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Pittsburgh Injury Law Blog

Head-on collision blamed on distracted driver

On the other end of our phones are our friends and our family. There's little wonder that we are conditioned by the sound of the phone to act; to see who is calling and to pick up. Or to see who has texted and to read what they have to say. Imagine your anguish and the chagrin of the person who called or texted right before your crash that resulted in injuries to you and to innocent strangers.

A 20-year-old Pittsburgh woman is likely experiencing some of those difficult moments after she drove her car into oncoming traffic. She sideswiped one vehicle and then slammed head-on into another. The Penn State student was busy looking at her phone and didn't realize she had driven across the street's center line, she told police after the crashes.

Back To School Safety Series Part Six: Top 5 Tips For Playground Safety

Playgrounds are a schoolyard staple. They are a crucial part of encouraging children to lead healthy and active lifestyles, while at the same time building friendships, socializing with their classmates, and giving their brains a break from class. And while playgrounds are often the backdrop for many pleasant schoolyard memories, they are also the scene of many childhood accidents. According to the Consumer Product Safety Commission (CPSC), every year over 200,000 children go to hospital emergency rooms with playground-related injuries.

With that in mind, read through these five quick playground safety tips to help you keep your child safe on the playground.

1. Ensure that any playground equipment is safe and age-appropriate. Check to be sure that raised equipment has proper railings and that the ground is adequately cushioned. Request that a maintenance check be done during the back-to-school season. Yearly maintenance is crucial to keeping playgrounds safe for use, especially after summer weather and months of disuse may have warped, worn down, or otherwise damaged equipment.

2. Teach your child basic playground safety and etiquette. Remind them to never push or shove their classmates and to never roughhouse on playground equipment. Try to instill a mindset of "safety first" into your child, and discourage them from attempting any tricks or stunts outside of the intended purpose for the playground equipment, such as seeing how far they can jump off the swing or hanging upside down from the monkey bars.

Update on hit-and-run tragedy

Our regular readers will undoubtedly recall a post from last month about a 45-year-old Pennsylvania woman killed by a hit-and-run driver. The woman's daughters -- 18 and 20 years old -- vowed that they would not rest until the driver was found.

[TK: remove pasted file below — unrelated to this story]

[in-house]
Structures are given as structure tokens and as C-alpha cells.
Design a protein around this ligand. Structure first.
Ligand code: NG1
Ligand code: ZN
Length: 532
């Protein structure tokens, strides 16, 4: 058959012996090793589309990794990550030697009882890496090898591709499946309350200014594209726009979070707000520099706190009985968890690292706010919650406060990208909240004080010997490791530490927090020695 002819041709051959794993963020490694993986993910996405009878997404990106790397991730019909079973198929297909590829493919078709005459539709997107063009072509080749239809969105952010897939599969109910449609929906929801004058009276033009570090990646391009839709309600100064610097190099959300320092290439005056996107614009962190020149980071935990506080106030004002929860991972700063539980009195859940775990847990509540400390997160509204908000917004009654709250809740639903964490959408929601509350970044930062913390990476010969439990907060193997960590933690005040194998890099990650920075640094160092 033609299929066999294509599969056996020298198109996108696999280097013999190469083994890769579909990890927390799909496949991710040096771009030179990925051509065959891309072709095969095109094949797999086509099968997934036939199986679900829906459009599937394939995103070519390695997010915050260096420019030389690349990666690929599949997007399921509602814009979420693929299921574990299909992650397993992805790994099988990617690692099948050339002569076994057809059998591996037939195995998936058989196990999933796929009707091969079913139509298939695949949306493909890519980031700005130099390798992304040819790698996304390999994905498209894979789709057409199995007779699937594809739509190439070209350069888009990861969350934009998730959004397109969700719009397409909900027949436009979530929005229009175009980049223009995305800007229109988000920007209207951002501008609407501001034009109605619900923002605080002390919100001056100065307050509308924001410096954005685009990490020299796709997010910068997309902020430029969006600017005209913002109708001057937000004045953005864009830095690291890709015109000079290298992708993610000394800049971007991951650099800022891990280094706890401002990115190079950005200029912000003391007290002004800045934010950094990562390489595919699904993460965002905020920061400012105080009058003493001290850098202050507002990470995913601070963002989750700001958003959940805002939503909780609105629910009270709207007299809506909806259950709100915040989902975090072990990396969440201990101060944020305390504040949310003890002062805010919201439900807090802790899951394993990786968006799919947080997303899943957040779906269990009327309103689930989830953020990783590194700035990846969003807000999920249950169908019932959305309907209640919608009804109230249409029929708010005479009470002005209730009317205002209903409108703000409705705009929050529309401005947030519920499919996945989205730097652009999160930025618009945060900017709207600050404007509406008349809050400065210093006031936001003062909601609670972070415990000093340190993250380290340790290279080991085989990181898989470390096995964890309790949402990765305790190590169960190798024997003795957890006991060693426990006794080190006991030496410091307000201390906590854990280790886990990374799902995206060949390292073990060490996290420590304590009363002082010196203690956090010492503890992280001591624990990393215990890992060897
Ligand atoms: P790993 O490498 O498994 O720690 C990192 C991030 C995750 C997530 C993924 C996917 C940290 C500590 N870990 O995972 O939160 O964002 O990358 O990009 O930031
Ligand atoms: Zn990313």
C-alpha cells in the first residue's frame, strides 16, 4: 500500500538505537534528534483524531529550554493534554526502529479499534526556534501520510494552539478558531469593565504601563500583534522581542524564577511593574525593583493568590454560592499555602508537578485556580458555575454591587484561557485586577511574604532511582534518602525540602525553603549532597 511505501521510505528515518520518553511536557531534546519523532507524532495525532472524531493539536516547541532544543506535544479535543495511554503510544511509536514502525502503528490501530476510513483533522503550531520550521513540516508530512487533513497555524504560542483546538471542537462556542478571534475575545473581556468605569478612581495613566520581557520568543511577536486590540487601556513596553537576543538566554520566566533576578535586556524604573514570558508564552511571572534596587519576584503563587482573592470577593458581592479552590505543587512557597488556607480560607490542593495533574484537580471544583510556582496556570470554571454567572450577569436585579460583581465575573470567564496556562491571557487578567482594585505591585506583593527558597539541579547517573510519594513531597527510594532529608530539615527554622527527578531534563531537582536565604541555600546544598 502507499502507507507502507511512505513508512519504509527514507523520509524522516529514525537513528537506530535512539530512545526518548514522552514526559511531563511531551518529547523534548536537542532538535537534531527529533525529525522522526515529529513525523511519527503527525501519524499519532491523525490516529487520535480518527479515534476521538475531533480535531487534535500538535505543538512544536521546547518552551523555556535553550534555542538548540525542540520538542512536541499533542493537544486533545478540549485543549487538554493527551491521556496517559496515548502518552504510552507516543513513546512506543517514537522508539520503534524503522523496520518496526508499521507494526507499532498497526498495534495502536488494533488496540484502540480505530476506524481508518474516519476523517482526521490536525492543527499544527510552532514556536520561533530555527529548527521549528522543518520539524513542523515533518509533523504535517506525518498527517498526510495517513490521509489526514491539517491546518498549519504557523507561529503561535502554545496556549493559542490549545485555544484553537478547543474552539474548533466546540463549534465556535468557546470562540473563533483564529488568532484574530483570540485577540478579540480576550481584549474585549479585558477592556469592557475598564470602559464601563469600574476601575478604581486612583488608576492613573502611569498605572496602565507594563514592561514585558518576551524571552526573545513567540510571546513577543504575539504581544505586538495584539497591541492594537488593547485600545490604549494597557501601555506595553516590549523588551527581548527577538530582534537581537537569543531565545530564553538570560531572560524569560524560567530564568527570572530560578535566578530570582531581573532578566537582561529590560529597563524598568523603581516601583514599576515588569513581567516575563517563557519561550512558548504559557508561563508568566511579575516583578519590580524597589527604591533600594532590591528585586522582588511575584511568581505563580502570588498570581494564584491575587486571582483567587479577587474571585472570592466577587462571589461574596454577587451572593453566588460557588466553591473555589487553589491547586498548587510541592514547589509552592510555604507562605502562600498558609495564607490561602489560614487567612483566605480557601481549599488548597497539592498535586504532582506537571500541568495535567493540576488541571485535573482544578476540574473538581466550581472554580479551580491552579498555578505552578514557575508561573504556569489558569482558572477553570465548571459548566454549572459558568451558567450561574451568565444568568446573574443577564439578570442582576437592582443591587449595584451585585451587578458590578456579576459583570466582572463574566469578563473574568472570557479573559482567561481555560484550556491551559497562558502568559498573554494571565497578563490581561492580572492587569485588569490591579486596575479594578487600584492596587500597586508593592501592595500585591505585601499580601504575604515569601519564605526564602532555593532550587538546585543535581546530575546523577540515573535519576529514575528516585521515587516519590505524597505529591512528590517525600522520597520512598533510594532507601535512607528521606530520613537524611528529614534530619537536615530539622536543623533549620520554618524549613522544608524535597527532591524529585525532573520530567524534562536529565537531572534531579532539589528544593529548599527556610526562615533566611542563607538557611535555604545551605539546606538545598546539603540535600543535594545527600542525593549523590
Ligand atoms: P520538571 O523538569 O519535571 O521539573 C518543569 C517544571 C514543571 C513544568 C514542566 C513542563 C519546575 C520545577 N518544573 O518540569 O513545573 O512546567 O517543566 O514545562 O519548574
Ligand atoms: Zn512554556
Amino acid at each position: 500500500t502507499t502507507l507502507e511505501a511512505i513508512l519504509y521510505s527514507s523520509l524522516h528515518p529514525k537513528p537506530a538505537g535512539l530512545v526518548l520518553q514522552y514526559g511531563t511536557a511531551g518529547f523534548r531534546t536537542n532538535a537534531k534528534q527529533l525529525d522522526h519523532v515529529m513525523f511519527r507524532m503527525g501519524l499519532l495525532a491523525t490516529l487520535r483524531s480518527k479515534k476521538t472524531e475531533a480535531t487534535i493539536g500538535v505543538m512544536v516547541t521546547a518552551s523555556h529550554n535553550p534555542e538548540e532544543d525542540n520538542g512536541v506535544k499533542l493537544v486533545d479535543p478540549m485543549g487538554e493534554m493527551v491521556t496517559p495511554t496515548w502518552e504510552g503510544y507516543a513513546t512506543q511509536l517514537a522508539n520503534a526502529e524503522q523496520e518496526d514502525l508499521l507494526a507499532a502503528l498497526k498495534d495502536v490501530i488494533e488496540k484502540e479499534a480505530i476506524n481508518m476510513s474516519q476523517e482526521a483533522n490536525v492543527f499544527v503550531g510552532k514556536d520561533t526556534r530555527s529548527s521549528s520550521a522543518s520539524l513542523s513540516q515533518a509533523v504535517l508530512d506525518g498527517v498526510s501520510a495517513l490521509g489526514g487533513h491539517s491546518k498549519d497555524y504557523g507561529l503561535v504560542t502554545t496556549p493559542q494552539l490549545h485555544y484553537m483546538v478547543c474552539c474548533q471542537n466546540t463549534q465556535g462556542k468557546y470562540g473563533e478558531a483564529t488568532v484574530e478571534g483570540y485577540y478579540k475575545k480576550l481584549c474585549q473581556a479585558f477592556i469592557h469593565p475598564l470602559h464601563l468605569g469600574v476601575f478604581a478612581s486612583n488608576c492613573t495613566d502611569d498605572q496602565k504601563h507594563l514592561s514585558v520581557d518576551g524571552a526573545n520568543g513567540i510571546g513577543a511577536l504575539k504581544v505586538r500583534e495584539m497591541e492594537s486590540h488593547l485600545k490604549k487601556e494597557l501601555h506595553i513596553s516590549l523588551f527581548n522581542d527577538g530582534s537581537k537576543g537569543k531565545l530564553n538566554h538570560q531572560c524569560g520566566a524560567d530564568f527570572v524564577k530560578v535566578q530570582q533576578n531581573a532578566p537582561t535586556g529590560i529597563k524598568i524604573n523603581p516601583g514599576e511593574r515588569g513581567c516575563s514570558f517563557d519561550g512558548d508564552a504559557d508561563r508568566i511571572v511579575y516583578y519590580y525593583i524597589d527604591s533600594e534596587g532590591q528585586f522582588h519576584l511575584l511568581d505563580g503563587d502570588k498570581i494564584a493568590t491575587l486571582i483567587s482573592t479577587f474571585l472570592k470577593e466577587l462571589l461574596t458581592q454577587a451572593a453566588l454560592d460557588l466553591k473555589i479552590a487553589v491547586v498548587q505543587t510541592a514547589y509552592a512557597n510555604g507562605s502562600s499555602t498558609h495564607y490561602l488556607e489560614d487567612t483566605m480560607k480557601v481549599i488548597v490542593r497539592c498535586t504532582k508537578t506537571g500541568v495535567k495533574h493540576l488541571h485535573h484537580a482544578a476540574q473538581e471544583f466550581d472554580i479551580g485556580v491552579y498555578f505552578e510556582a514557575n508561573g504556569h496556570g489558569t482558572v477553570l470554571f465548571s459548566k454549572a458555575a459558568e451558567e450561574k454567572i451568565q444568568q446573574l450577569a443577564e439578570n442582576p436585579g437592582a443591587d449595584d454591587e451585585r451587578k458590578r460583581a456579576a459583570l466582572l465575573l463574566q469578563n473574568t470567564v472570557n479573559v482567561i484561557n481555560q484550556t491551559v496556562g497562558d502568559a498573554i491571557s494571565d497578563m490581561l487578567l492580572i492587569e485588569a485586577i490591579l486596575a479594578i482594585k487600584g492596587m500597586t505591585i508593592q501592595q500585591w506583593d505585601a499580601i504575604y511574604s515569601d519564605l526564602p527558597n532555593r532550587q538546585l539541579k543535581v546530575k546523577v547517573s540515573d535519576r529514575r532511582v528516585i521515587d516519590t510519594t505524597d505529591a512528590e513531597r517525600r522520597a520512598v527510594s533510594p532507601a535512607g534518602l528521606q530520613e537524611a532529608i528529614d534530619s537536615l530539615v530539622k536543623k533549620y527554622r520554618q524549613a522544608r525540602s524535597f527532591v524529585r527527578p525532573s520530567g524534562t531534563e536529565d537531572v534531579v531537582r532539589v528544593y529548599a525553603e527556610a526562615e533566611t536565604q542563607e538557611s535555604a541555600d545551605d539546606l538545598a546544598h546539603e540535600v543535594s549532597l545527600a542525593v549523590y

Police say they have found the 19-year-old driver responsible for the tragedy on Route 553, about 90 minutes east of Pittsburgh. The woman was walking along the highway with her eldest daughter when she was hit from behind by a pick-up truck, which then sped off, police said at the time. The Cherryhill Township woman left behind her two daughters, her husband and a son just 4 years old.

SUV rollover kills college student, injures six others

Seven college students were packed into an SUV on the Pennsylvania Turnpike, headed home to Penn State. The sorority and fraternity members had spent the day raising money for a college philanthropy fighting childhood cancer.

A day doing good turned horribly bad when the GMC Envoy swerved onto the highway's shoulder, rolled over and flipped upright, back onto its tires. A 19-year-old student had been ejected in the violent vehicular somersault near Charlestown Township. Not far from the now-silent and mangled vehicle, she was pronounced dead at the scene.

Back To School Safety Series Part Five: Top Five Tips For Bike Riders

If your family lives relatively close to your child's school, you may have looked into alternative transportation options other than driving them to school or having them ride the bus. Riding a bike to school can be a great option, as it gives children a certain level of independence while at the same time promoting an active, healthy lifestyle.

Check out these top five safety tips to keep your child safe while they are biking to and from school.